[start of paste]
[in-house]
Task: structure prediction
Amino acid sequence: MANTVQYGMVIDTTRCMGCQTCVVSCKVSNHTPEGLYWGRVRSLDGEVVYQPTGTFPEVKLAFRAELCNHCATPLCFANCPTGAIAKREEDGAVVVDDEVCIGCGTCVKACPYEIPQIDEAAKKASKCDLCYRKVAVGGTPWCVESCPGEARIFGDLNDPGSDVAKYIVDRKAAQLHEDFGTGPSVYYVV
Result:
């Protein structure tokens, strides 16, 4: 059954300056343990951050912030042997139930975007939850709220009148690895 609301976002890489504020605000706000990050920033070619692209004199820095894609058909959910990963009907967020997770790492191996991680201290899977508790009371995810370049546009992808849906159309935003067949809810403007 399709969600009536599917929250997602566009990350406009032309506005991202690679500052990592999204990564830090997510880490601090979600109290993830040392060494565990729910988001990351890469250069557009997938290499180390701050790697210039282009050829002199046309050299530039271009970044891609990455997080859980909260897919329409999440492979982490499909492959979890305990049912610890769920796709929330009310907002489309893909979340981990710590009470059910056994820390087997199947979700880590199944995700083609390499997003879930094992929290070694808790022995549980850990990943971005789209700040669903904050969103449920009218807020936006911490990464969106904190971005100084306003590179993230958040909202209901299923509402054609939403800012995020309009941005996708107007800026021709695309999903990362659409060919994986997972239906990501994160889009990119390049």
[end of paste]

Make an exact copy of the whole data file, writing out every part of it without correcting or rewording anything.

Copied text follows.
[in-house]
Task: structure prediction
Amino acid sequence: MANTVQYGMVIDTTRCMGCQTCVVSCKVSNHTPEGLYWGRVRSLDGEVVYQPTGTFPEVKLAFRAELCNHCATPLCFANCPTGAIAKREEDGAVVVDDEVCIGCGTCVKACPYEIPQIDEAAKKASKCDLCYRKVAVGGTPWCVESCPGEARIFGDLNDPGSDVAKYIVDRKAAQLHEDFGTGPSVYYVV
Result:
């Protein structure tokens, strides 16, 4: 059954300056343990951050912030042997139930975007939850709220009148690895 609301976002890489504020605000706000990050920033070619692209004199820095894609058909959910990963009907967020997770790492191996991680201290899977508790009371995810370049546009992808849906159309935003067949809810403007 399709969600009536599917929250997602566009990350406009032309506005991202690679500052990592999204990564830090997510880490601090979600109290993830040392060494565990729910988001990351890469250069557009997938290499180390701050790697210039282009050829002199046309050299530039271009970044891609990455997080859980909260897919329409999440492979982490499909492959979890305990049912610890769920796709929330009310907002489309893909979340981990710590009470059910056994820390087997199947979700880590199944995700083609390499997003879930094992929290070694808790022995549980850990990943971005789209700040669903904050969103449920009218807020936006911490990464969106904190971005100084306003590179993230958040909202209901299923509402054609939403800012995020309009941005996708107007800026021709695309999903990362659409060919994986997972239906990501994160889009990119390049």